Have you ever wanted to know how to grow bamboo?
Despite its delicate nature (it doesn’t thrive in either scorching or freezing temperatures), this low-maintenance plant has the potential to be a stunning addition to your garden.
Continue reading this article to understand the many species of bamboo, how to grow this plant, and what maintenance is required after it has reached its full potential.
Types of bamboo:
Mostly, bamboos may be divided into two broad classes: running and clumping types.
This kind of bamboo is characterized by its tendency to grow in dense clumps rather than spreading across broad regions.
We suggest clumping bamboo if you want a plant that doesn’t spread.
Without adequate care, running bamboo quickly becomes a massive invasion.
Rhizomes, which grow below ground and send up new shoots above ground, are responsible for its spread.
Rhizomes can go more than 100 feet before they start to grow.
Where can you plant bamboo?
Bamboo may be planted as a modern hedge, at the rear of a border for added height, as a lawn centerpiece, against a fence or wall for privacy, or any of many other uses.
The conditions for growing bamboo are quite flexible. Some dwarf types are well-suited to big containers, whereas ‘running bamboos’ benefit from being contained lest they spread uncontrollably.
Bamboo needs full or partial sunlight and somewhat damp but not soggy soil to maximize its growth.
Avoid planting bamboo near ponds since it cannot thrive under such conditions.
When to plant bamboo?
Bamboo is a grass that grows best in warm weather, so it’s best to plant it when it’s warm, and the plants are growing.
Plant when you’d plant zinnia, portulaca, and coleus.
How to grow bamboo from seeds:
- Before you plant the seeds, wash them and let them dry in the sun.
- To end their dormancy, the seeds must be soaked in clean water for six to twelve hours after drying.
- Ten to twenty minutes before planting the seeds, drain the water.
- Plant seeds on soil-filled plastic pallets intended for seed growth. Topsoil should be used to fill the pots, and the soil should be left loosely packed.
- One to two-inch deep holes should be drilled into the middle of each planting tray.
- Place a single seed in each hole, then cover it with soil.
- Moisten the soil immediately, and don’t forget to water the plants frequently.
- Three to four months later, transplant the seedlings to individual pots or plastic bags. Because the rhizomes have not yet developed, most bamboo species will not be robust enough to transplant until this time.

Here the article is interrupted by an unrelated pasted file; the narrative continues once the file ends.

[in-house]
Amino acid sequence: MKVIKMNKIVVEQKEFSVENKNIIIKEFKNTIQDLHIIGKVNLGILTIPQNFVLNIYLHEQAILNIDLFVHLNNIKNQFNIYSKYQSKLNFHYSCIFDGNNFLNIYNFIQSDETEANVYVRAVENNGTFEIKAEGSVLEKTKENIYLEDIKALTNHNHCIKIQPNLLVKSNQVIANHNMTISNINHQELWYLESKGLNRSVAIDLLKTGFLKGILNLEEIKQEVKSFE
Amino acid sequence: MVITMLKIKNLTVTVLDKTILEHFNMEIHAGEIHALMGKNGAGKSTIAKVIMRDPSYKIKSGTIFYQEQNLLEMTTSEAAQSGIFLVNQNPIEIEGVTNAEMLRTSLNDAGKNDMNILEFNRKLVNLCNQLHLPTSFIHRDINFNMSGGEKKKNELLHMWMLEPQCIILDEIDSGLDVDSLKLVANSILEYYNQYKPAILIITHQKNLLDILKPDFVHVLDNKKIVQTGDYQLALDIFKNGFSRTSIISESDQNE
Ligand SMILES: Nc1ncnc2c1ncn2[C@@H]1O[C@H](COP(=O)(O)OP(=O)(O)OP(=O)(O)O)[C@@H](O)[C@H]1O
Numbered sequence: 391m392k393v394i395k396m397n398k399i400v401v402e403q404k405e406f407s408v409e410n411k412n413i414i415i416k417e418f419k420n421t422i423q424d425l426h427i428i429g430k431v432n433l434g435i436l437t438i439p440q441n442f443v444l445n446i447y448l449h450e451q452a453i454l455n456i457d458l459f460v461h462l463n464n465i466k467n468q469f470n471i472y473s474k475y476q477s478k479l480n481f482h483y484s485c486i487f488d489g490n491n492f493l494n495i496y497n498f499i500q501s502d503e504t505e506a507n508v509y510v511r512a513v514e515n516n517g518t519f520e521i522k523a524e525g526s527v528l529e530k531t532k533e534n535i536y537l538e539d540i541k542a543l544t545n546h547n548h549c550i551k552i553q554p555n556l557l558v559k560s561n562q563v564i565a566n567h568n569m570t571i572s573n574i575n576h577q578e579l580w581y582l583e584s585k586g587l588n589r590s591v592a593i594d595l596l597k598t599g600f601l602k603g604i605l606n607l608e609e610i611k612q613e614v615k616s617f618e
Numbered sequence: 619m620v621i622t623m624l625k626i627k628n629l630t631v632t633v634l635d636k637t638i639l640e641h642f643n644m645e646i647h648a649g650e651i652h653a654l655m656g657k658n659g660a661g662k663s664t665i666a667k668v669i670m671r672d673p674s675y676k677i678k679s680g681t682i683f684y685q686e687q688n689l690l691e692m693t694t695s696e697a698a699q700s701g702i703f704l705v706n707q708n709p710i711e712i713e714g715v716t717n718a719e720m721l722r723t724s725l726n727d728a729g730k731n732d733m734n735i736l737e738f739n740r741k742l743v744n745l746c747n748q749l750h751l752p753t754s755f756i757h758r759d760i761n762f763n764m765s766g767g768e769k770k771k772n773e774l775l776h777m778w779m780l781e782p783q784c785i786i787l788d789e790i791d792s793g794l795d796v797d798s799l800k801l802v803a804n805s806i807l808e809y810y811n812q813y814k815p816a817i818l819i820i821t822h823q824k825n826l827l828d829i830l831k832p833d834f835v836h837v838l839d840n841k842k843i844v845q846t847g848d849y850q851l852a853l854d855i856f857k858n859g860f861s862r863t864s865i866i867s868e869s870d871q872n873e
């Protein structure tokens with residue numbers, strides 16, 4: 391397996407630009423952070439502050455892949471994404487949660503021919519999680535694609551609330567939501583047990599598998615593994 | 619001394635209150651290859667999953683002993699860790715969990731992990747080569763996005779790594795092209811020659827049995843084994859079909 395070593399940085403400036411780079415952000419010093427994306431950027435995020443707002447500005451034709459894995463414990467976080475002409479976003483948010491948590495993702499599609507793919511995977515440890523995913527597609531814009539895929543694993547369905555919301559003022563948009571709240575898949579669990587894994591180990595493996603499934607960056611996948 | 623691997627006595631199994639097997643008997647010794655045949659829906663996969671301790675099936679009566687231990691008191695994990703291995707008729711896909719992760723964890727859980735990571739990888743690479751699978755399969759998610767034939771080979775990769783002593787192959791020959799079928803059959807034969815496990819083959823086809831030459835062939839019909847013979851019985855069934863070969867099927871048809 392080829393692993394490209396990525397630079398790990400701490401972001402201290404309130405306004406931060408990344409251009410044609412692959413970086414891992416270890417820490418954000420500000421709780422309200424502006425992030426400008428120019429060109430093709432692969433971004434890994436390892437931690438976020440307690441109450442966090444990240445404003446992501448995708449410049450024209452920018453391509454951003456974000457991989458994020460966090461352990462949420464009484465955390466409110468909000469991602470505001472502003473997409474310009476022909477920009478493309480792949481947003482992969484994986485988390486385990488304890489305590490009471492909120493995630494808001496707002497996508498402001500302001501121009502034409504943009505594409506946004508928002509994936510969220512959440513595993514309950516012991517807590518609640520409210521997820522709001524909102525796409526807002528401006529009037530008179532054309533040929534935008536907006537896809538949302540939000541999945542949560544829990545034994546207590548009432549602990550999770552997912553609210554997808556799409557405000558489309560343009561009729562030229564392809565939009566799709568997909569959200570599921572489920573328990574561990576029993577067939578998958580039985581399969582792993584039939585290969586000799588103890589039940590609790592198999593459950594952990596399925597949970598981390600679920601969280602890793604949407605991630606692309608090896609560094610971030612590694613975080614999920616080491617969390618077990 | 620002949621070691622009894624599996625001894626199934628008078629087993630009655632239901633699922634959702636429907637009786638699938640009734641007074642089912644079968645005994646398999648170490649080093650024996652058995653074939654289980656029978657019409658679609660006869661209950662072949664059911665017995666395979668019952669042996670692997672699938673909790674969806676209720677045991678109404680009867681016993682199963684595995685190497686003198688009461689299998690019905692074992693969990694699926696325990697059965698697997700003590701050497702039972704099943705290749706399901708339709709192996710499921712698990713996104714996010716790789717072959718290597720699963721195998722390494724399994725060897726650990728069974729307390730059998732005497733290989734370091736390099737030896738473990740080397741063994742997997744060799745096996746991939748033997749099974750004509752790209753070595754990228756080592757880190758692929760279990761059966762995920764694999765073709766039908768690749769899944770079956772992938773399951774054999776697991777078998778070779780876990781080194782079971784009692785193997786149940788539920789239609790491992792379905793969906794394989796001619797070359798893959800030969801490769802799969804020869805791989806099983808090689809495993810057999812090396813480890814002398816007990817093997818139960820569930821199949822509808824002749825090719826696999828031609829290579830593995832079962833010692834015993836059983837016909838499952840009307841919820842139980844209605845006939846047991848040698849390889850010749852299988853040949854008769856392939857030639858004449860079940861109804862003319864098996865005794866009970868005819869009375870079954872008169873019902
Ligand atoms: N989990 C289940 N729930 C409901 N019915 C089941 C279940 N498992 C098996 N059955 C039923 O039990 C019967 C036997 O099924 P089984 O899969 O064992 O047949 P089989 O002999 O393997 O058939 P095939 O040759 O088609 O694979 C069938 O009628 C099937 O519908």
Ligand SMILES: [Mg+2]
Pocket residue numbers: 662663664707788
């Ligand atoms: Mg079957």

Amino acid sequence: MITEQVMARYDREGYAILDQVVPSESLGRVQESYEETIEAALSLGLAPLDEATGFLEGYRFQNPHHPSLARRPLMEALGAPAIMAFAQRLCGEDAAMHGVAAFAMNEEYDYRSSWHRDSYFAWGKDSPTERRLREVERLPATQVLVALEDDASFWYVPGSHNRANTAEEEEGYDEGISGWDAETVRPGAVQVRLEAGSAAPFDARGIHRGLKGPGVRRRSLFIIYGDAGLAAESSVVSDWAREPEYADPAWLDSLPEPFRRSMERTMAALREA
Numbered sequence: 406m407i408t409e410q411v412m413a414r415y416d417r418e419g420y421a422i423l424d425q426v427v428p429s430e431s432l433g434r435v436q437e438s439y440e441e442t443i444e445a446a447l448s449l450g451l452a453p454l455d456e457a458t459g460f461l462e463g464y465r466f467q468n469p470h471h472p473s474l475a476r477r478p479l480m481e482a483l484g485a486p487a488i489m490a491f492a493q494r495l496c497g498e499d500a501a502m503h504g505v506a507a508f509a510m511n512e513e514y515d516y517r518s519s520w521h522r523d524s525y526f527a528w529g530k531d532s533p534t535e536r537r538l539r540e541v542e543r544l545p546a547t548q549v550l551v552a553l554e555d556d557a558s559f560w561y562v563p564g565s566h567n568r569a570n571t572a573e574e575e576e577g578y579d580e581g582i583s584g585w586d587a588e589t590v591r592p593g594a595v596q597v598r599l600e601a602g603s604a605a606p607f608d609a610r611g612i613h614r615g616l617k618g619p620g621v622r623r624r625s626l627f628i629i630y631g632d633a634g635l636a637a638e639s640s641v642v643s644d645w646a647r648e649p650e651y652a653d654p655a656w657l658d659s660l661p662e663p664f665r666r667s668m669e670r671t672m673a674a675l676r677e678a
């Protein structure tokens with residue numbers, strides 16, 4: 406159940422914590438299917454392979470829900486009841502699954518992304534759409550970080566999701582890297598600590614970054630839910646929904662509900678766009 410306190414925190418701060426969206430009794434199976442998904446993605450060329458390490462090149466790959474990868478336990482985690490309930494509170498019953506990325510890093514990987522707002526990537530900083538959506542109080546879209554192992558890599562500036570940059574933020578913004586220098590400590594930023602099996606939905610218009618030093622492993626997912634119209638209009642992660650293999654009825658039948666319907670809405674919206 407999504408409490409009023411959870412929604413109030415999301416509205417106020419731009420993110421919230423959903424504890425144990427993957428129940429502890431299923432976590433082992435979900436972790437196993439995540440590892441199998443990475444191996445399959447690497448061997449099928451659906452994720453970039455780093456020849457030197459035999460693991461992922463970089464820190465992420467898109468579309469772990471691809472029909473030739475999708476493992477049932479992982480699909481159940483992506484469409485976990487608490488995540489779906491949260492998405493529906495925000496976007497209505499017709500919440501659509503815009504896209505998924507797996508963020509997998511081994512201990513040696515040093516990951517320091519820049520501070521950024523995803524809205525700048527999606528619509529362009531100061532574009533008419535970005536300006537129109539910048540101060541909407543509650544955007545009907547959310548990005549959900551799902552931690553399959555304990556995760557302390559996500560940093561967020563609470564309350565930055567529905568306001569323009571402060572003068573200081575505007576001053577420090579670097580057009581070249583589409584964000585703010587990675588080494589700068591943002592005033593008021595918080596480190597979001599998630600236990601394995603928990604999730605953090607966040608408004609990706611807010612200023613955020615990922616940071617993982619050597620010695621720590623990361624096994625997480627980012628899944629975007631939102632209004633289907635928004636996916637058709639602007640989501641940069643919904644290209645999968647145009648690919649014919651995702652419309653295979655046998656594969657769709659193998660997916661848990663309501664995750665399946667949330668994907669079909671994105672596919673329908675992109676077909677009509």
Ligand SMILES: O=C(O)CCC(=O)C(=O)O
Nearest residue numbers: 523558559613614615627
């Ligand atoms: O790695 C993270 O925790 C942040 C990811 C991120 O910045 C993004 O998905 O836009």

How to grow bamboo cuttings?
- Cut multiple 10-inch bamboo segments with at least two nodes (the terminal joint of a bamboo segment) and two internodes (the segments between nodes) at a 45-degree angle.
- Wax the cut ends of the bamboo and soak them in water, then let them sit in strong light for a few weeks.
- Change the water every other day.
- Once the roots on your bamboo cuttings reach 2 inches, it’s time to transplant them to a container.
- Put some potting soil in the container and put the bamboo cutting in the ground.
- Tie a tiny stick to the cutting to keep the young bamboo from falling over.
How to grow bamboo rhizomes
Propagating new bamboo plants from existing rhizomes is easiest in the colder months leading up to spring.
March or early April is ideal for dividing hardy kinds, while May or early June is better for separating tropical ones.
- Split the bamboo rhizomes and remove the outer layer, leaving only two or three bud nodes.
- Put the rhizomes in a horizontal position over a container, bud side up.
- Spread a three-inch layer of soil over the rhizomes and thoroughly hydrate the soil. Maintain moist soil, but avoid drowning the rhizome cuttings.
- Put the pot in a location where it will be exposed to sunlight and shade.
- Your rhizomes should grow in about four to six weeks.
How to plant bamboo in containers?
Bamboo can grow in pots but needs more care because it’s sensitive to heat and cold.
Selecting a container with drainage is important. The bamboo should be transplanted to a new container every two to five years or split.
If you don’t, most bamboo will break out of its pot, and the culm (cane) size will be limited.
Once the bamboo shoots reach a height of 16 to 20 inches, they are ready to be planted in the garden.
Take them out of their containers and plant them straight into the ground. The bamboo hole should double the root mass.
Growing bamboo can be a bit challenging, but with the right technique and know-how, you can definitely excel in the task.
Make sure to follow all the methods we have mentioned here. These are expert ways and will surely help you understand how everything goes.
Now, take every calculated step to ensure the bamboo comes out looking right!